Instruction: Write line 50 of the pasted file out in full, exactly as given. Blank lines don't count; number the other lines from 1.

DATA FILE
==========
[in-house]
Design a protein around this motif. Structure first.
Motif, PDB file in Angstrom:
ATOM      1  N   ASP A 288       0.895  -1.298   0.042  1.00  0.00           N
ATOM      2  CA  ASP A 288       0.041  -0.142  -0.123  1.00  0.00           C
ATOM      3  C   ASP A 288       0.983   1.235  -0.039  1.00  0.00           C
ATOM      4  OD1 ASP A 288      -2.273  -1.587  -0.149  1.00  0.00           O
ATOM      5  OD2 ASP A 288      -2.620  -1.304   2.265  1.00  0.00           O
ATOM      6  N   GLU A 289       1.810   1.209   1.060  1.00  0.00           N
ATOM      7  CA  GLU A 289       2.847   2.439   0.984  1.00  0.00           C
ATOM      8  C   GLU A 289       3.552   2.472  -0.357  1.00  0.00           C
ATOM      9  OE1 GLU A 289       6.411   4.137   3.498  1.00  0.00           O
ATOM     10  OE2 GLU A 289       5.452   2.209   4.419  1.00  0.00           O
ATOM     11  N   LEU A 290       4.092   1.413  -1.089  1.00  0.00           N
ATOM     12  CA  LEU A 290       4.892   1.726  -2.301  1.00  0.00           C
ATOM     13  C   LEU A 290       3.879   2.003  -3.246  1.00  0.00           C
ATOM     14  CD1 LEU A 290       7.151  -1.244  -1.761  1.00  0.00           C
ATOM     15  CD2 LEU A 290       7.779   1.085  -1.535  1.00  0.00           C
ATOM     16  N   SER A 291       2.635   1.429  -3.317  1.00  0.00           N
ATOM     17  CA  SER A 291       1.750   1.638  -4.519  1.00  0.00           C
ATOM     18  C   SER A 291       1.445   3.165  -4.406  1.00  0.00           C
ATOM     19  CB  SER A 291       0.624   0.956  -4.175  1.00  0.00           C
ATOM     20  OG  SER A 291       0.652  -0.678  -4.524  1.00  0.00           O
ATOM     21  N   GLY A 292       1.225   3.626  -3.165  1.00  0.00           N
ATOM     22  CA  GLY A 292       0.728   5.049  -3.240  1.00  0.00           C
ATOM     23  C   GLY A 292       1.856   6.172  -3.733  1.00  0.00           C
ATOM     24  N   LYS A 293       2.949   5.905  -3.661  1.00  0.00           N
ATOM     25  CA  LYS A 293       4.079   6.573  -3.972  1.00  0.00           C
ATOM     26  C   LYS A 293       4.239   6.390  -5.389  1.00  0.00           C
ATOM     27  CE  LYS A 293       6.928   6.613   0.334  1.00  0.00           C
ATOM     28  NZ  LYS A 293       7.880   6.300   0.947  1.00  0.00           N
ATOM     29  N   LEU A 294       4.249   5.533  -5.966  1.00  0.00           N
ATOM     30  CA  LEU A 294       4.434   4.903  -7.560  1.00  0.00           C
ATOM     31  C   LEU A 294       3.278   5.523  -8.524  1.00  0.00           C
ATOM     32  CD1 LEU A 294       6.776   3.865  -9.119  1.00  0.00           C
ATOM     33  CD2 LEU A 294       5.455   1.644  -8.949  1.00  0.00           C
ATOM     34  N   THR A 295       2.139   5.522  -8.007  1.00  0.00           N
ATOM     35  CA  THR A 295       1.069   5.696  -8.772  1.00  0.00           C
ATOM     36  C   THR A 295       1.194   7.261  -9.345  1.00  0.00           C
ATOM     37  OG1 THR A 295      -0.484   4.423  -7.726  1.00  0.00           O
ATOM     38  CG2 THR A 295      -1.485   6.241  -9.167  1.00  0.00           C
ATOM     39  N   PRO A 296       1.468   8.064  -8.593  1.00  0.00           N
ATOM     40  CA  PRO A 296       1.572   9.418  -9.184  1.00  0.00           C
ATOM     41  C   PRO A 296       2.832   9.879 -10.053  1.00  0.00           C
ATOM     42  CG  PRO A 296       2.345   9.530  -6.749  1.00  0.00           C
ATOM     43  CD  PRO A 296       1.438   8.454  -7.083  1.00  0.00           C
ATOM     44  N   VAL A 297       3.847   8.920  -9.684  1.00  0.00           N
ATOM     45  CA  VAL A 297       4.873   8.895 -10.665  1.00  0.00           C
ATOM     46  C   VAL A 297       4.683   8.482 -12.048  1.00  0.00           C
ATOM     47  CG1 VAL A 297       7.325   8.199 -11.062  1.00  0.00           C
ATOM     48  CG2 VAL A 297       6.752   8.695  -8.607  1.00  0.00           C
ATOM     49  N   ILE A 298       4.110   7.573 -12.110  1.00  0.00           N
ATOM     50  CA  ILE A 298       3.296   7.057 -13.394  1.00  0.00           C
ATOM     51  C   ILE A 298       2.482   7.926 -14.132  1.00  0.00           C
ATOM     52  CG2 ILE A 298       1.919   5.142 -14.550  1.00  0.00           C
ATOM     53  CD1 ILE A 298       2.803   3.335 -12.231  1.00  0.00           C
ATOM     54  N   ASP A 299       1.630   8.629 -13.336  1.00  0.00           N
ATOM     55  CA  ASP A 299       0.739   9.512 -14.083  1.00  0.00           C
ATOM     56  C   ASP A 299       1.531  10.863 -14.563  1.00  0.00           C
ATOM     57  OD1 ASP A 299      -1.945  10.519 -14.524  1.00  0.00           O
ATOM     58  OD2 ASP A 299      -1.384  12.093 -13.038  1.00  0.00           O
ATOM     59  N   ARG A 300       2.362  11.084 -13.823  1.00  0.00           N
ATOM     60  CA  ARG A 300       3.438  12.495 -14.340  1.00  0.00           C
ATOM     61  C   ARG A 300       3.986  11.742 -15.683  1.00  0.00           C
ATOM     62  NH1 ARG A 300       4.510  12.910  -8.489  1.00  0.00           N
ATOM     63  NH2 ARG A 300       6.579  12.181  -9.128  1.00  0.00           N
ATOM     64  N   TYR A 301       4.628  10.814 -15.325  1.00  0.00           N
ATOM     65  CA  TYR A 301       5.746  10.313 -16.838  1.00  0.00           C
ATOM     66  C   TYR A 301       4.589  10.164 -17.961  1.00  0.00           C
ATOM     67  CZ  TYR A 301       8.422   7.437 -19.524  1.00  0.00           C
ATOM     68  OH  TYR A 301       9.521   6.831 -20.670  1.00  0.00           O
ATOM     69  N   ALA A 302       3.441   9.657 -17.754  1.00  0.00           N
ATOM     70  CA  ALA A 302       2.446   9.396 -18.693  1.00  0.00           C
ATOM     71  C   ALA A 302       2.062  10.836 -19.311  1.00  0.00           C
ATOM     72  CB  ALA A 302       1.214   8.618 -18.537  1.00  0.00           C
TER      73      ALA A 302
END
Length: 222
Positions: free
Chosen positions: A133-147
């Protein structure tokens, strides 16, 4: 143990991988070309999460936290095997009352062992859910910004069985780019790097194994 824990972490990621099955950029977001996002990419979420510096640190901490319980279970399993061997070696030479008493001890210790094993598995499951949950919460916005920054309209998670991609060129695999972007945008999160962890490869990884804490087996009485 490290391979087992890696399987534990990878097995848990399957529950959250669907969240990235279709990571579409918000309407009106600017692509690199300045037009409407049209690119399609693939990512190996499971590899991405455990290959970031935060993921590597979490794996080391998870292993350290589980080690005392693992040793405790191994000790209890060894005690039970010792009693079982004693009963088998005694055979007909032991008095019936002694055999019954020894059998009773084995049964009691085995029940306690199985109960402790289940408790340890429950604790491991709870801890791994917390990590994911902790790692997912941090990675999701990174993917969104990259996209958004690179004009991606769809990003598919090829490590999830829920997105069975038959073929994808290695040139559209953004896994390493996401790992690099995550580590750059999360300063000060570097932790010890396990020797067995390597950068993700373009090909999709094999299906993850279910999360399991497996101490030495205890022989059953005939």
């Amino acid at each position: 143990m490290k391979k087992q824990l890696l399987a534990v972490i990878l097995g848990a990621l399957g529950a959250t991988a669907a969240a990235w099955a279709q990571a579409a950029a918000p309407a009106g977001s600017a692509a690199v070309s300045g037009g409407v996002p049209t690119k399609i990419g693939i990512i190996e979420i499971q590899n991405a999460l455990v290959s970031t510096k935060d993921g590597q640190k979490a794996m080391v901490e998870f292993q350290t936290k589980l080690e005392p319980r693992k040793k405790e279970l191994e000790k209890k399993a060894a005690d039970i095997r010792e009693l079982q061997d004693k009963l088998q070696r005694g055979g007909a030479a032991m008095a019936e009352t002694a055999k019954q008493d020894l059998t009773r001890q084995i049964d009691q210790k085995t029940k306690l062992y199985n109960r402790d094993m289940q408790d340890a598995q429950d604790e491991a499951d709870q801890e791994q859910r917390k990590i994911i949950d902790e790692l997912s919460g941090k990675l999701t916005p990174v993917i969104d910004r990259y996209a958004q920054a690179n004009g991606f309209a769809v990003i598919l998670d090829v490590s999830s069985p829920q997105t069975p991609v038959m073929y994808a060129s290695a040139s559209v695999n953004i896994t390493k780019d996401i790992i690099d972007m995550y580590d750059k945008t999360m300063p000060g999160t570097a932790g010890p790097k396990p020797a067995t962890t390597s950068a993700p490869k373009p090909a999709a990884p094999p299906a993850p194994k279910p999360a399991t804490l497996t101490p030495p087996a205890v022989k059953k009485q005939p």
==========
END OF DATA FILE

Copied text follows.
ATOM     47  CG1 VAL A 297       7.325   8.199 -11.062  1.00  0.00           C